Why Every Writer Needs a Brand
Give your ears some momentum! Listen now: (00:15:31)
“In a Zendesk survey, 87% of consumers said consistent branding across all online and traditional platforms was important.” – Oberlo
People expect your tone and voice across your website and all channels to be CONSISTENT. In this episode of the Writing Momentum podcast, Chris and Gena talk about how branding can take you and your books to the next level.
– [Writing Moments](https://www.writingmoments.com) – Write with us and give your writing momentum!
Episode 30 Transcription:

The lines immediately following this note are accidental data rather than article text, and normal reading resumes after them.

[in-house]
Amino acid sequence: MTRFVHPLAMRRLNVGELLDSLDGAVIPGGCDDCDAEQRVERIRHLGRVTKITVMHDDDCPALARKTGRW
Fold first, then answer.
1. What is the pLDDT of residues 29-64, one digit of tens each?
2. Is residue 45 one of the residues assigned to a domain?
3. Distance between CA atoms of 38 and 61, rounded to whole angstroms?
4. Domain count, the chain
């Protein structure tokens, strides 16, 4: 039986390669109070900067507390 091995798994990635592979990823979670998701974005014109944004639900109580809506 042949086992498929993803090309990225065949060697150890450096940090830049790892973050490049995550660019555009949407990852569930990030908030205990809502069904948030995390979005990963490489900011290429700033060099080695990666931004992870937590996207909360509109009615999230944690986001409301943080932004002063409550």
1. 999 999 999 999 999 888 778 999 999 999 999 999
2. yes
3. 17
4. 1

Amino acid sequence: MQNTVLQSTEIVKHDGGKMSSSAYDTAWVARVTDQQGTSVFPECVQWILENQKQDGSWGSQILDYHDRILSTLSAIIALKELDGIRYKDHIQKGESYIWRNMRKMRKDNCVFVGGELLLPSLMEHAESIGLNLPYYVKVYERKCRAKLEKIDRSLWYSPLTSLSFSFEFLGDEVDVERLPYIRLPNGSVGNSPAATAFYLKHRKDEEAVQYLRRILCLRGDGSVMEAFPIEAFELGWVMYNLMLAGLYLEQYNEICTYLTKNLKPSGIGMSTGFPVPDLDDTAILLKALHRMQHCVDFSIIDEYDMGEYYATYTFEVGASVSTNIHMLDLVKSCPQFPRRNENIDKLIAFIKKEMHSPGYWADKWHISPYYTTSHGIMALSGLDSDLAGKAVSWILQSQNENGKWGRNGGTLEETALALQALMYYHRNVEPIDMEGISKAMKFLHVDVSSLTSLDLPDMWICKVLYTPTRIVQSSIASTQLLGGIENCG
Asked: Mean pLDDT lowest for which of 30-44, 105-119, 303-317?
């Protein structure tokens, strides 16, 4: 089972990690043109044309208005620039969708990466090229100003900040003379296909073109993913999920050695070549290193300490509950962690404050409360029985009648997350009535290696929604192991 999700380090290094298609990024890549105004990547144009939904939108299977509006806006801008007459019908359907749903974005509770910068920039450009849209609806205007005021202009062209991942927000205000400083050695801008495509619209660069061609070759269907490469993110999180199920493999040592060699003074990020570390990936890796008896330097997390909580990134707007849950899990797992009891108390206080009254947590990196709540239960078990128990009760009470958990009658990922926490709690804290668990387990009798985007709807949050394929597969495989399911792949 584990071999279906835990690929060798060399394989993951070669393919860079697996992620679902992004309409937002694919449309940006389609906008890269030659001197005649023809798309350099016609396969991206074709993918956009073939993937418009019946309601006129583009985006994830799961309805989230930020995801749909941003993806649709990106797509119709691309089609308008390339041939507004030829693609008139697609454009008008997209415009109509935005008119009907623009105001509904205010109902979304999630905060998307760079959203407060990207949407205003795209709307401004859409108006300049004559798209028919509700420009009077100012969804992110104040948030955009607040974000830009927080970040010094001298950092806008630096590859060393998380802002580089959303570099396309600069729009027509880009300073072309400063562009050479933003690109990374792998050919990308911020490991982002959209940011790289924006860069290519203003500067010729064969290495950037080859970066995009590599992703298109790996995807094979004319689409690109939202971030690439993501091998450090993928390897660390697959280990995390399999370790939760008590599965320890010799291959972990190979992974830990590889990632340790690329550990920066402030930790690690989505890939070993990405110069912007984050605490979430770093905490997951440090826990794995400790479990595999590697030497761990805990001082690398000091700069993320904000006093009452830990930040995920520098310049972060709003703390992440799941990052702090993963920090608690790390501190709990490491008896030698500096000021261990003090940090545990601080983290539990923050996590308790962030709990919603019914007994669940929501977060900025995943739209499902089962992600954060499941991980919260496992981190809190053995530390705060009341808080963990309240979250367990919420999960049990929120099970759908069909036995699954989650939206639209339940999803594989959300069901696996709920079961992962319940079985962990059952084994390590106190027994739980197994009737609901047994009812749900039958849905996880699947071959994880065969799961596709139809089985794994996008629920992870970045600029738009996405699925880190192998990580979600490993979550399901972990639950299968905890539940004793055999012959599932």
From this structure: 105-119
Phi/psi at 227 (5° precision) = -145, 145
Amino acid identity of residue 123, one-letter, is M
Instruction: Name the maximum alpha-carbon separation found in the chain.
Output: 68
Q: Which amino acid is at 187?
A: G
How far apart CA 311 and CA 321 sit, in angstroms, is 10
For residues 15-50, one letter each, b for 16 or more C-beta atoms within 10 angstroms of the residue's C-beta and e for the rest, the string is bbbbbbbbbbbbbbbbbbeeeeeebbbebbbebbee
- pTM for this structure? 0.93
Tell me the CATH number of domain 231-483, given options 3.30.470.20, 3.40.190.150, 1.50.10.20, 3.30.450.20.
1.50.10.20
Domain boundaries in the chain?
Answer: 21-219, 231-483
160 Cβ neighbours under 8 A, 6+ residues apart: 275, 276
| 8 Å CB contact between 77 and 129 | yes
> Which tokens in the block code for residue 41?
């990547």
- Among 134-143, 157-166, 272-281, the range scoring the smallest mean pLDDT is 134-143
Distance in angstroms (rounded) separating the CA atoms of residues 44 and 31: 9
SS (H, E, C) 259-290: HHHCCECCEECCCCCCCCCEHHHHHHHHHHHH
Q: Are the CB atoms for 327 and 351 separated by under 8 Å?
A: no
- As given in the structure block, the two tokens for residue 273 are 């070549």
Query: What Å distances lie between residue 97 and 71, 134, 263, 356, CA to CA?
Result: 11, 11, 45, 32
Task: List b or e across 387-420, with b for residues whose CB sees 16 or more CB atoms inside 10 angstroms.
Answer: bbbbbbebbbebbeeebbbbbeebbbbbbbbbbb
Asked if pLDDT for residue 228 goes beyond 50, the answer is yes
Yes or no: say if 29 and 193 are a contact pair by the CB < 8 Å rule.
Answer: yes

[00:00:14].910] - Chris Thank you. The Writing Momentum Podcast. I'm Christopher Maselli, and I'm here with my wife, Gena. How are you doing today, Gena? [00:00:20].430] - Gena I'm doing really well. [00:00:23].090] - Chris There's a pause there. Are you sure? [00:00:25].040] - Gena No, I was trying to come up with another interesting way of saying it, but there you go. [00:00:29].050] - Chris That's the thing when you do these podcasts, right, you're always thinking, is there a new way for me to say hello? So that there is. [00:00:35].870] - Gena Well, we are talking today, Chris, about a topic that has been on my mind for a while to really start talking about. It is what? [00:00:44].760] - Chris It's branding. So branding for writers and authors, what does that mean? So there was a recent survey by a place called Zendesk, and they found that 87%, that's like almost all of consumers, said the consistent branding across all online and traditional platforms was important. In other words, wherever people find you and whenever people see you, they kind of want to see and find the same thing, right? They want it to be consistent. They want to know that, okay, the way I know you is the way I know you, right? [00:01:19].750] - Gena Yes. I think of branding when we think on a big scale. We think of McDonald's. You see those golden arches and you know what it is. You walk in the door and there's a very distinct feel and tone and the way the furniture is and the way the ordering process is. The way the food arrives. It's all very distinct. Same when you walk into a Walt Disney. Whether you walk into a store. Walt Disney World. Walt. Disneyland. Any kind of amusement park that is associated with Walt Disney. Really. As soon as you drive on the property. There is branding going on and you recognize that you are in a Disney location. So those are large scale. I can also talk about Starbucks, which I think also has a really strong brand. You can also talk about Apple, that is a very strong brand. If you walk into a Best Buy and walk into their computer department and then you walk into an Apple store, completely different experience when you walk in the door. They both sell quality computers, but it is a completely different experience when you walk into that Apple store. You know you're walking into an Apple store because there's no other computer store that is exactly like it. [00:02:43].220] - Gena They have developed a very strong brand. [00:02:45].780] - Chris I like looking at big brands like that because they can give us a window into our old own branding because we as authors have brands too. And while those companies, these mega million dollar companies have entire departments and maybe even buildings of people working on their branding, for all of us, it's mostly just me, myself, and I that are working on this stuff. So when it comes down to it, though, it's not all that difficult to understand the basic concept of what branding is. If you just look at it and say, branding is how others see you, okay, but it's also how you want them to see you. It's how they see you, as well as the perception of you. There's a lot of things that you can do that affect how you come across as an author, as a writer, as someone who's in the genre that you are when you're writing. And those are things like the colors you use on your website. We use blue, a lot of blue on writing momentum, because blue conveys trust, and yet we use some red because that conveys kind of the speed of momentum, right? [00:03:57].410] - Chris It comes across in your presentation whether you're professional or whether you're whimsical. It comes across in the images you use, whether they're, again, very kind of formal, or whether they're just fun. It comes across in the copy you use on your website and in your emails and in the different things that you write. What kind of tone do you have? Do you use humor? Do you use a lot of drama right? There is all those are the kind of things that come into your branding, and you really want to take some time to think through those, don't you? [00:04:28].140] - Gena Gena yes. And I will tell you, this can be really it can be a challenge. We have found it to be a challenge for us. We went through this process a couple of years ago of really questioning our own brand and really trying to identify who were we, what was our business, who was our audience, who were we really talking to, who did we want to talk to. Chris and I have been in writing for over 25 years. We're coming up on 30 that we have been in writing and in publishing. And so there's a lot of different types of people that we talk to, a lot of different clients that we work with. But we really had to sit down and really question, who do we want to be that main person? Who's that person that we want to talk to now? And we still want to be talking to them in five years and in ten years, what is the core of our business? And we went through a process of really identifying who we were, what we were about, who we were talking to, and developing that branding. And I'll tell you, it went so far beyond. [00:05:39].290] - Gena We are still developing our brand. Even though we've gone through that process, we're still looking at places and going, we could be sharper with that. We could be clearer with that. And so, yeah, it is a continual process. [00:05:56].390] - Chris I know some authors who have taken and they've taken a picture of someone they know that is typical of who their brand is. And they'll put it up on the side of their monitor beside where they work so that they know that everything they write. Whether it be the actual fiction book they're writing. Or whether it be an email they're writing to their audience or working on their website or even making a social media post. They have that person in mind and say. Okay. I'm writing to that person. And by doing that, it really helps keep you focused. And it's not that others won't find you, right? I mean, we typically talk to writers, but because I've written material for children, we still have people who follow us because they like the material I've written for children. Gena's writing inspirational devotionals. So some people will come and follow Gena because of the inspirational devotionals, but our audience is you guys, right, who are listening to the Writing Momentum podcast. [00:06:53].210] - Gena It's the emerging writer, the emerging writers who are coming up. Those are the people that we get really excited to talk to, meet with, just to help to see where you're going in your career. We get really excited about that and we realize that's what energizes us. So that's who we want to be talking to. [00:07:14].080] - Chris So man, when we figured that out, like, that took us a while, but when we figured that out, we went to all our social media accounts and changed all the images and all the backgrounds to make them all look the same. We went to our website and I remember going through paragraph by paragraph over everything we written, which was so formal, and I broke it down and made it added humor and just kind of made it a lot more down to earth. Because the thing is, we realized we had ghost written for others for so long that we've learned how to take ourselves out of ourselves when we wrote. But when we were writing for ourselves, we didn't know who they were writing for then. And so we had to kind of look at the way we just interacted with friends and family and the people that we like hanging around. And we thought, okay, that's who we are. So that's what we started to bring into all of those things. And everything that we offer is for someone who's wanting to who is that emerging rider. That's why anytime we create a new free PDF, it's written just for that group. [00:08:19].920] - Gena Exactly. And like Chris said, it changed our tone. It changed we went added more humor. And now we even went to our social media sites and we looked at different social media sites and they were just a jumble of just different things that's like. Oh. Well. I liked that. And I liked that. And I created that. And somebody else created that. And we just had like a jumble of different fonts of different colors. Of different styles. And we really just have been slowly getting rid of a lot of that and creating more content that is more in line with our style. [00:08:56].760] - Chris I even think it affected which social media sites we wanted to focus on the most because we realized a good bulk of our audience was actually on Pinterest and YouTube, because those are both really kind of search engines over social media sites, and people on those are searching for training on writing. And so we realized, okay, this is really kind of the people that are for us now, they may be totally different for you, but that's the kind of thing you want to consider because it helps you know where to focus your efforts and make sure you're going in the right direction, right? [00:09:29].180] - Gena Well, the reason why branding has been so important, it's kind of just been like a thorn in my head. Like I keep coming back to it. And I really wanted to talk about this is because so often I hear emerging writers talk about they talk about writing. How do I write a book? How do I write this? How do I write a newsletter? How do I do this? They also ask about publishing. Should I be traditionally published or should I be independently published? Should I go with a vanity press? What should I do? And say, they want to know that. And then they want to know, how do I sell my book? I want to sell my book. How do I sell my book? And they jump over this really important element of branding, because branding starts before a book ever gets published. Branding starts. If you are writing a book, then please, if you haven't yet started thinking about this, thinking about how you want to position yourself, please take the time to ask yourself that question and to go through some of these exercises of just asking, who am I speaking to? Who do I want to communicate with? [00:10:45].880] - Gena Who do I want to speak to? And start narrowing down how to do that. And do that by looking at you're developing a logo. Logos are not terribly expensive to produce. If you can't do one yourself, you can find them on Fiverr or I'm sure there's other sites. [00:11:05].030] - Chris 99 Designs. [00:11:05].600] - Gena Different ones. Find yourself a logo for your website, for your social media. Decide on what colors you want to use. Think about what colors do you like, what style do you like? I've seen people who they really love kind of the magnolia style right now. That's what's really popular, right? Chip and Joanna Gaines, and they've got the farmhouse feel. And so a lot of their stuff has the farmhouse feel. Other people, they want it to be super modern, or they want it to be quirky, or they want it to be more drawn, like illustrations, those kind of things. So figure out what is your style, what are your colors, and then start thinking about how you want to talk to people. Are you really serious? Are you more academic? Are you someone who's just really empathetic and you love bringing a lot of story and a lot of heart into your work? So think about all of that and really narrow it down so that you're not all over the place, but you're really targeted and so that the people who are listening to you, the people who are following you on social media, the people who are coming to your website, they know what they are going to get when they get there. [00:12:27].000] - Gena They're not surprised and confused because if they're surprised and they're like, oh, well, their book is super serious, but their website is really goofy. I don't know who this person is. By streaming it and making it streamlined, it's going to give your reader and the person you're talking to just a better idea of who you are. [00:12:50].790] - Chris Yeah. So your assignment this week is to think about this and maybe get a piece of paper and start to write down who's my audience? Where do they spend their time on the Internet? Where do they spend their time off the Internet? What kind of things are they reading? What are they interested in? And then start to interact with our audience. See if you're right about all those things. See where they are so that you can start to build that relationship. Because remember, more than anything, if you get one thing out of this podcast is this marketing is about relationships. Branding is about building those relationships. And so if you want to start marketing in the right direction, you want to focus on who you're connecting with and start making that really take off. [00:13:33].480] - Gena Definitely. Thank you so much for tuning in, for listening. Be sure to rate, review, subscribe, ring the bell if you're on there, share it with others. I got to hit all those words. I always forget. But yeah, do that and comment to us or email us, reach out to us if you've got questions about this, we'd love to answer those if we can. If you've got some ideas and you've had kind of a eureka moment, if you've been listening like, oh my gosh, I didn't realize this. This is what I'm going to do, and you've got some clear direction, let us know that. We want to celebrate that with you. [00:14:09].450] - Chris Absolutely. We appreciate you listening. And until next time, we hope that all your writing has momentum. Bye bye.